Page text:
I’ve finally made it back to Sicily. There is much to say and share and – at the moment – I am still taking it in, processing it all. There have been some unexpected changes in the last two years.
But one thing already stands out: the Sicilian roads. Just as I remembered.
Tom has been gracious enough to drive at night because honestly, I can’t. Even in the States, driving at night has become a challenge. But during the day, I want to be the one driving. Sure, I say this is so Tom can enjoy the view but that’s not the fullness of it.
These roads bring me home. Being behind the wheel, downshifting and upshifting, avoiding collisions and swerving with the landscape, breathing in the green valleys and the blue sea as I stay focused… I need this.
So today I am sharing something that I wrote two years ago. A reflection that still rings true.
This time my Fiat Panda has six gears. I’ve been driving a manual stick-shift my entire life but six gears? That’s new. And that sixth one is taking some time to get used to. But that’s a perfect metaphor too. Even the things I think I’m good at, the things I’m most comfortable with, still have something to teach me.
When you think about where home is for you and what it takes to get there, maybe you can relate. Or maybe not. I’d love to know.
Driving in Sicily - from JanPepplerHOME, 6-17-2020
I’ve come to love the Sicilian roads. Everywhere on the island they are the same. Far more than a network of pavement connecting places. More of a labyrinth. Every destination is a journey. Driving in Italy is still harrowing, but driving in Sicily has lessons for me. I see my life reflected in these roads.
There are, of course, some highways. But to get to where you want to go, you must leave the highway. You must drive on these smaller, narrow, winding paths that are never straight, with hairpin turns and switchbacks. Barely wide enough for two cars, one in each direction, and often not even that. Just enough for one (for the journey is largely solitary).
Always the scenery on one side as you hug a hill: barely glancing to take in the green, the flowers and fields and distant mountains. But you must stay focused – to look away from the road while moving can be deadly. So I stop many times and suddenly, wherever I find an unexpected place to pull over, away from another turn, and where the road is wide enough to accommodate. Yet when I do this, the scenery changes. It is still always beautiful but not quite what was attracting me from my peripheral vision. This, too, tells me something. I do not need to stop as often as I would like. The landscape is already a part of me.
These roads are not easy. But they are worth the effort. Seemingly the same yet ever changing. The peaks and the valleys. The required manual shifting. The speeding up and slowing down. A short stretch in 4th gear only to shift down again to 2nd at another turn. Then down to 1st to accommodate an incline. And the towns are all on high ground, so a climb is always required.
Again, the focus, the staying present. Watchful for the swerving of others coming towards me, rarely in their lane for the lanes are so narrow, and the moving to the side to allow the passing of those from behind.
Sometimes the roads are smooth, but not for long. Mostly they are rough, frequently with patches desperately in need of repair. The dips. The gravel. The decay. Then the concrete. Followed by more dips, more gravel, more turns.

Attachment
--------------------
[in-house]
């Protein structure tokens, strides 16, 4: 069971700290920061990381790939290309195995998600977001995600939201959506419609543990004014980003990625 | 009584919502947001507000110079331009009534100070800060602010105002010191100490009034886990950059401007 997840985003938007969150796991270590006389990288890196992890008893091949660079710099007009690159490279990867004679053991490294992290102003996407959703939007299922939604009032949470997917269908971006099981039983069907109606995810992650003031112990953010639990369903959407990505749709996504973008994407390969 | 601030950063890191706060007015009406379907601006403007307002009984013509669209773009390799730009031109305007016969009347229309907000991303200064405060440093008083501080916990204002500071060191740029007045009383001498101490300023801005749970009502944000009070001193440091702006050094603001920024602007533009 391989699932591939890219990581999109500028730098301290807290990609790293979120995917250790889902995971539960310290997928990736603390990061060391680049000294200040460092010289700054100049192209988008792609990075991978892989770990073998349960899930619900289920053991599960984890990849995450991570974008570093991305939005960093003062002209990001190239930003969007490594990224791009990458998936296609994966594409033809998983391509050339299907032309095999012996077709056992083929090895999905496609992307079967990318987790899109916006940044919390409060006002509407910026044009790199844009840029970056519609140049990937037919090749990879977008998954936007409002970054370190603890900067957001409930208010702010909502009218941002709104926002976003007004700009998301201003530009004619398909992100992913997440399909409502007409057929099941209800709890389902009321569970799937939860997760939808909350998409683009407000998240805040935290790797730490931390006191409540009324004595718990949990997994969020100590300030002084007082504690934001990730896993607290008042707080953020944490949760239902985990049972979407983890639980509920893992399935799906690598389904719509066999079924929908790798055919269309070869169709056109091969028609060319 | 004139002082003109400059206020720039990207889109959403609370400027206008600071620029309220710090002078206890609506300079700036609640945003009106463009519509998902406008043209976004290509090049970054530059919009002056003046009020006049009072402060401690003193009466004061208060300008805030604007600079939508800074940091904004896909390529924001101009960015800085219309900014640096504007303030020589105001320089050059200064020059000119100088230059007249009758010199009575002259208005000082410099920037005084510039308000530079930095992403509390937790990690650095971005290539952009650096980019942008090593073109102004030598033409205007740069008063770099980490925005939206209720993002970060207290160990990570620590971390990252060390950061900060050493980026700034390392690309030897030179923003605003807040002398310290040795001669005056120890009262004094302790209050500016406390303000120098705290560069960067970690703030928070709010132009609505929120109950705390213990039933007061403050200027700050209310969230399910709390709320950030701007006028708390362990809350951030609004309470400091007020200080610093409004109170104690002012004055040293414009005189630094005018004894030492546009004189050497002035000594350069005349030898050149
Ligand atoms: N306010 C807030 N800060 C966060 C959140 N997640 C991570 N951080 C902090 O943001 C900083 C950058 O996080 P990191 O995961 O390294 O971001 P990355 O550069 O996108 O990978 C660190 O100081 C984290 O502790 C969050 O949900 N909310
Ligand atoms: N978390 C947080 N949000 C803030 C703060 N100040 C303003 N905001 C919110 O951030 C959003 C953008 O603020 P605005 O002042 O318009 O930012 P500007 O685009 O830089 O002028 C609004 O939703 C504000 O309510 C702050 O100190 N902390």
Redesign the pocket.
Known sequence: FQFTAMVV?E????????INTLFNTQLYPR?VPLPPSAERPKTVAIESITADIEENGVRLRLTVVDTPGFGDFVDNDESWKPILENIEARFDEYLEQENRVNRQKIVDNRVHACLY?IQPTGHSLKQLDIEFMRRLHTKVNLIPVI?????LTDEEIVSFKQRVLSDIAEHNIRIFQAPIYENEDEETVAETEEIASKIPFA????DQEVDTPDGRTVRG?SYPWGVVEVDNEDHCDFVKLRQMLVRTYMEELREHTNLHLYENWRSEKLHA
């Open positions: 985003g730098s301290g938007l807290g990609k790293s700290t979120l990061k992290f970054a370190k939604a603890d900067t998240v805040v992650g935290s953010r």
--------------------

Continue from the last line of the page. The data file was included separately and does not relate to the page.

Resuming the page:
The switchbacks that confuse my sense of direction – am I going the right way? Am I truly headed towards my intended destination?
The signs, always pointing to the same place. The four directions. Wherever you are going, it is always towards Palermo or Agrigento, Catania or Cefalu. For me, it seems, perpetually Palermo. Other towns are listed below like a totem pole of arrows, but the word Palermo reads larger and brighter than the rest, like a North Star guiding me home.
Some signs I cannot read, only because I do not understand, yet the signs are always there.
And then, when least expected, the highways, the direct paths. Allowing, requiring, even forcing, acceleration. But then the lanes change. In Sicily, there are many lane closures. So many closures that bring you over to the seemingly other direction, the other side of the highway, like a salmon swimming up stream.
And the tunnels. Always more tunnels. Momentary darkness. Descents under mountains. Some brief, some terrifying. I take off my glasses to see.
Our lives are a labyrinth. Always a journey in, and an exhale out. Sometimes a hesitant departure, a desire to remain. But we do not live in the center, we cannot. We rest there, certainly. But life is movement. Life is a journey. And a journey requires a forward direction, even when forward is hesitant, faulting, and slow, a question. Just keep going. Twists and turns, back and forth, accelerate and brake. Swerving. Dips. Attention. Moving to the side, allowing others to pass. Staying focused. Enjoying the scenery. Pulling off, where and when you can.
It is so good, so helpful, to see myself reflected in these roads. A reflection of my life. A reminder of my journey, lest I forget.
I must not forget. I must remember this. Sometimes harrowing, sometimes thrilling, sometimes cumbersome and slow, sometimes fast. Always the unexpected surprise.
This is how I come home. On Sicilian roads.
Finding Home is a reader-supported publication. To receive new posts and support my work, consider becoming a free or paid subscriber.